• Lady Byron wished her daughter to be unlike her poetical father, and she saw to it that Ada received tutoring in mathematics and music, as disciplines to counter dangerous poetic tendencies.
  • Ada met Charles Babbage in 1933 when she was 17 and they began a voluminous correspondence on the topics of mathematics, logic, and ultimately all subjects.
  • Charles Babbage, Lucasian professor of mathematics at Cambridge, was known as the inventor of the Difference Engine, an elaborate calculating machine that operated by the method of finite differences.
  • Babbage held the same post as Sir Isaac Newton (known for the equations of motion and calculus) and Steven Hawkings (Black holes and Hawkings radiation).
  • Babbage had made plans in 1834 for a new kind of calculating machine (although the Difference Engine was not finished), an Analytical Engine.
  • His Parliamentary sponsors refused to support a second machine with the first unfinished, but Babbage found sympathy for his new project abroad.
  • In 1842, an Italian mathematician, Louis Menebrea, published a memoir in French on the subject of the Analytical Engine.
  • Babbage enlisted Ada as translator for the memoir, and during a nine-month period in 1842-43, she worked on the article and a set of Notes she appended to it.
    • She rightly saw it as what we would call a general-purpose computer.
    • She understood the importance of keeping the calculating machine and the program separated.
    • Proposed a method to computer Bernoulli numbers using the analytical engine
    • The methods she proposed included loops, branches, and conditional statements.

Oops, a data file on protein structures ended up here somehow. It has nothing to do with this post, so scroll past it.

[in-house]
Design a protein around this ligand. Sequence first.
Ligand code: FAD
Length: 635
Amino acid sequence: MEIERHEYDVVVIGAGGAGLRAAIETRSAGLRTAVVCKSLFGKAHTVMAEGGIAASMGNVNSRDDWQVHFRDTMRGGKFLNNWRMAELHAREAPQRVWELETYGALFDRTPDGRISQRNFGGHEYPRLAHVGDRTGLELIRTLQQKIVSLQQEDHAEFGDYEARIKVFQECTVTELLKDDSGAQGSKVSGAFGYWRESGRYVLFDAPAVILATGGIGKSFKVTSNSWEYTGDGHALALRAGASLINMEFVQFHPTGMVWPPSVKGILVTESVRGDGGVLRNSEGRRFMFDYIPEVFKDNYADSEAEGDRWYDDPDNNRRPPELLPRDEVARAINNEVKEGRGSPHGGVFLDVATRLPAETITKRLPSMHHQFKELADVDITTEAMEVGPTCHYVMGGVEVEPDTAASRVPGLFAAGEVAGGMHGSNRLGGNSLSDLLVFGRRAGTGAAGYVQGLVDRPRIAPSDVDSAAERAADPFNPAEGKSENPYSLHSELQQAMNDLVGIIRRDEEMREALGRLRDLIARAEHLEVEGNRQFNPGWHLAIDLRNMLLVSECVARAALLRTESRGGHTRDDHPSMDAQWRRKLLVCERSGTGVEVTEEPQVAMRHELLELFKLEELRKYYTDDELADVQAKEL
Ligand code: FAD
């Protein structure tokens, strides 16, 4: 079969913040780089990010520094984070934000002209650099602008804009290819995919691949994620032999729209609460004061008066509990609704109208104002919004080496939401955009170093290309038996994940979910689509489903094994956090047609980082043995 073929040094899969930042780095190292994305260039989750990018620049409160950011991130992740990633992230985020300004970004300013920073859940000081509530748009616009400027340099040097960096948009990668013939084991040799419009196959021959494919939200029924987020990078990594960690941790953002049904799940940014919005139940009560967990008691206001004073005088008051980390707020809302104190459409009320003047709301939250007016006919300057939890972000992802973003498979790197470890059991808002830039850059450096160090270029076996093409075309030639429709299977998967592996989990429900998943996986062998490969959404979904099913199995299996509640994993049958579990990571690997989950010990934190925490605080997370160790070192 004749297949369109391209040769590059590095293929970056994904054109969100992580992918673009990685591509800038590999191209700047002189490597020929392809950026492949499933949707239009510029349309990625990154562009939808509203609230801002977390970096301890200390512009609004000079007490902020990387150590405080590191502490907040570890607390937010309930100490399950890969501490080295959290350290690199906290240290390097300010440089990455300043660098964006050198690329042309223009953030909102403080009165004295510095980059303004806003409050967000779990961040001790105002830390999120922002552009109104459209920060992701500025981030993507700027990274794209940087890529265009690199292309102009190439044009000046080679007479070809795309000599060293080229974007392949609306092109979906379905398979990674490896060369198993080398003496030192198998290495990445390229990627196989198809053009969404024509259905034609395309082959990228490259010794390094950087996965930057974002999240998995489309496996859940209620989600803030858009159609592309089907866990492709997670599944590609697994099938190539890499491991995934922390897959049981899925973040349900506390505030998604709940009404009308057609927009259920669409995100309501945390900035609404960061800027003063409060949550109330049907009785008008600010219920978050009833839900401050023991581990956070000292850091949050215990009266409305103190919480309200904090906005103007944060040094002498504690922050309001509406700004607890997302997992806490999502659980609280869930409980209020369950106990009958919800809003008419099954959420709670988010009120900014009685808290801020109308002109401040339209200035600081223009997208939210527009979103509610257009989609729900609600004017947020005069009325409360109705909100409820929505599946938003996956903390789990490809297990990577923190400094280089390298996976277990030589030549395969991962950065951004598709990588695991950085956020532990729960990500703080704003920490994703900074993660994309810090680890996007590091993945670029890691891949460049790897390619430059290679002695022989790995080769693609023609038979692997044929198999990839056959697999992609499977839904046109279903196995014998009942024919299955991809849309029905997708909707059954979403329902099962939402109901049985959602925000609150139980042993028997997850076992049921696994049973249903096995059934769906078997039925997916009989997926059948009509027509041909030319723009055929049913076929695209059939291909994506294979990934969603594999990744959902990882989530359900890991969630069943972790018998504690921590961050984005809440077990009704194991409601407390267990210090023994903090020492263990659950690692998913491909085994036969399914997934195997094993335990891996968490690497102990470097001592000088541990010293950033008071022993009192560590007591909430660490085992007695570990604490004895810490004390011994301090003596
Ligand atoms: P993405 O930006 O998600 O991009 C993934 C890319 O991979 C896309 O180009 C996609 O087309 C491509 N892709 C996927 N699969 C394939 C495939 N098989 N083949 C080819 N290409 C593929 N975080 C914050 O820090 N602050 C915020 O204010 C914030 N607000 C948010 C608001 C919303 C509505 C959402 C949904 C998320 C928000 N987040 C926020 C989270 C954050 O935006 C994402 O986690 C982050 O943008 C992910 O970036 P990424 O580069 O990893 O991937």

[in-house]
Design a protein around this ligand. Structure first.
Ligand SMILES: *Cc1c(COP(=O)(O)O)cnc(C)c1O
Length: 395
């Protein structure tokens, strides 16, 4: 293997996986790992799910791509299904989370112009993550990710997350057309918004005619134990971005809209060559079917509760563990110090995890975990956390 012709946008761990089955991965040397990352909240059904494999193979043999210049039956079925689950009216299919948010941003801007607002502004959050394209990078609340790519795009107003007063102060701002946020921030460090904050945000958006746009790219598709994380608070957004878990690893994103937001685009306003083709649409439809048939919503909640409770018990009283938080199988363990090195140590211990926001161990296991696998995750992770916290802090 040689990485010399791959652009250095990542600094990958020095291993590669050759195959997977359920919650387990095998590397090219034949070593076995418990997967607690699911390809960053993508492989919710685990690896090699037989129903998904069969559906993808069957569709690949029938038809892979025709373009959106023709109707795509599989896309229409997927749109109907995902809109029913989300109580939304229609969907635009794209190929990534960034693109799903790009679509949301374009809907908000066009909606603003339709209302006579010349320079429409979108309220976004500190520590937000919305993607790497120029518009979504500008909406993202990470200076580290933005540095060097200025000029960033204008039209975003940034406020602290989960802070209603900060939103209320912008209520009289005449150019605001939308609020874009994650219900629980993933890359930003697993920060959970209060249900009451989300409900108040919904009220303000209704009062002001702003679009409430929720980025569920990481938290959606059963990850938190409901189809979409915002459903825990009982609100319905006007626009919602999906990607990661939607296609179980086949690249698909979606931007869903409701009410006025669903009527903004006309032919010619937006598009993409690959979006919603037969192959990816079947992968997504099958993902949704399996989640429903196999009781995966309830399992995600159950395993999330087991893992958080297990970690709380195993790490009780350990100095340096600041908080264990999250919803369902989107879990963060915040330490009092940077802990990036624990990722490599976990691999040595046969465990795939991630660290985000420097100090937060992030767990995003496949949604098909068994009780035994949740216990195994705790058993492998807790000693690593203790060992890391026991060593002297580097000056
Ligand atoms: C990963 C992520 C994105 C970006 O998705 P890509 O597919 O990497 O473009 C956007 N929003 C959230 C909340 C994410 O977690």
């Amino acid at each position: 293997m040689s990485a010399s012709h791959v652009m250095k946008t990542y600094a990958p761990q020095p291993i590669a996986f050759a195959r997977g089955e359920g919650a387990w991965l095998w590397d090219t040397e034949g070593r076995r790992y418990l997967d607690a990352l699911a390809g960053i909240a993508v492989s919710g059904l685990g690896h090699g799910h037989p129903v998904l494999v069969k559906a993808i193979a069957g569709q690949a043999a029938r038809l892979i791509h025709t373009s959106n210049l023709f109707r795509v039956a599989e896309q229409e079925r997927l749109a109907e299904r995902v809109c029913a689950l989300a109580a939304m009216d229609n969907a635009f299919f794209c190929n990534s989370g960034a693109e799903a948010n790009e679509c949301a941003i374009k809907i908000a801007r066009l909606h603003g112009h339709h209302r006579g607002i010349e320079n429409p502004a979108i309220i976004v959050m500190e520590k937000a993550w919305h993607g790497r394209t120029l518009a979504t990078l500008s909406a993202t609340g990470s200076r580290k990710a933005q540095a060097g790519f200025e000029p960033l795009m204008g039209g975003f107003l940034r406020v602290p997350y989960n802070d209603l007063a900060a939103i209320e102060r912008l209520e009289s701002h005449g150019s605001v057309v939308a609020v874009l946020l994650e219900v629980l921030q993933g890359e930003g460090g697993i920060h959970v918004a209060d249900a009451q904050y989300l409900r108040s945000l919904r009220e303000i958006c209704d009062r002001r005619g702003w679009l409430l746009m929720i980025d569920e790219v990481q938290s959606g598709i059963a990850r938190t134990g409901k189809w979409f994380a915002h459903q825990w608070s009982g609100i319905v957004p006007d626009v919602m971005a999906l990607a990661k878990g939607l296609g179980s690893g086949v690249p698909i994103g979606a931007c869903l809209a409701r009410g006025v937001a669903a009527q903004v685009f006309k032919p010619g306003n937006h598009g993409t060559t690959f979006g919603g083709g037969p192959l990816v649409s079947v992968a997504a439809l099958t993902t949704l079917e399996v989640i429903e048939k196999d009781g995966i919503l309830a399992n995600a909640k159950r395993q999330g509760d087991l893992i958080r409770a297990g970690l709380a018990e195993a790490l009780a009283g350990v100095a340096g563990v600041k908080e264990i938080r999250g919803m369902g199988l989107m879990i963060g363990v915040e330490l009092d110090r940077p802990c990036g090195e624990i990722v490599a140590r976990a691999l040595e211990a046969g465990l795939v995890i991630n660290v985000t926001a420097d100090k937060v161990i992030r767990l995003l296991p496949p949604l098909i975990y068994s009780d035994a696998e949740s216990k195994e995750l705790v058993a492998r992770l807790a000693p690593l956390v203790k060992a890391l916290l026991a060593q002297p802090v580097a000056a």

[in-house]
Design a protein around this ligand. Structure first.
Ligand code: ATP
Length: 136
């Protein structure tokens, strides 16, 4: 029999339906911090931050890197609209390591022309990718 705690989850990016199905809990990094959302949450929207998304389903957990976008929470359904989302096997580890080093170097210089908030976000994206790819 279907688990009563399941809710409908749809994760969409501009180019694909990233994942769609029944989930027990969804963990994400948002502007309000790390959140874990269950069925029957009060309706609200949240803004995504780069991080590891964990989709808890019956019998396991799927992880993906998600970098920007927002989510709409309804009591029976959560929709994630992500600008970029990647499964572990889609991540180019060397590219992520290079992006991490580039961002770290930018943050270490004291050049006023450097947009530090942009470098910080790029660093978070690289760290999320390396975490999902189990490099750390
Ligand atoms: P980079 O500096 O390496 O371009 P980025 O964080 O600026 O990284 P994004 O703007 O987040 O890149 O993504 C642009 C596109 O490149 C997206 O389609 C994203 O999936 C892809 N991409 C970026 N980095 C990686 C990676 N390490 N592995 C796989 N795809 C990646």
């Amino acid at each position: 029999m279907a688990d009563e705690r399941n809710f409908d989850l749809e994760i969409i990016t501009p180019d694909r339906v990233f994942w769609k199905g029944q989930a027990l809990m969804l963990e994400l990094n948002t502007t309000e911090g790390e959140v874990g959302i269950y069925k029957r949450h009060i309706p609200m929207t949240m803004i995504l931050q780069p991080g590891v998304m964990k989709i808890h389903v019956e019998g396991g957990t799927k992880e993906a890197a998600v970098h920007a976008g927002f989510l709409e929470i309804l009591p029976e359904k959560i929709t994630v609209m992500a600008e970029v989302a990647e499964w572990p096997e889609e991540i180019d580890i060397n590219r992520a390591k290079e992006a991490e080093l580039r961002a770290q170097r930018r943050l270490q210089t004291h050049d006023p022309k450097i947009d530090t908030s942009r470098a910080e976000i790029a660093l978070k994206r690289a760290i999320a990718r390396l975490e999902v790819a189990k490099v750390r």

• She is thus credited with being the first programmer.
  • Babbage’s analytical machine anticipated most of the features of computers that were invented over a hundred years later
  • The programs for his machine developed by Babbage and Lovelace anticipated computer programming methods that were developed over a hundred years later.
  • In May 1979, the new DOD-1 programming language was named Ada in her honor.

History Mechanical Computers (originally aired 06/09/07)

  • The abacus, a simple counting aid, may have been invented in Babylonia (now Iraq) in the fourth century B.C.
  • The Antikythera (an ti ki ‘theer uh) mechanism, used for registering and predicting the motion of the stars and planets, is dated to the first century B.C. It was discovered off the coast of Greece in 1901.Accounted for leap year, irregularity in the Moon’s orbit.
  • Wilhelm Schickard builds the first mechanical calculator in 1623. It can work with six digits, and carries digits across columns. It works, but never makes it beyond the prototype stage. Schickard is a professor at the University of Tubingen, Germany.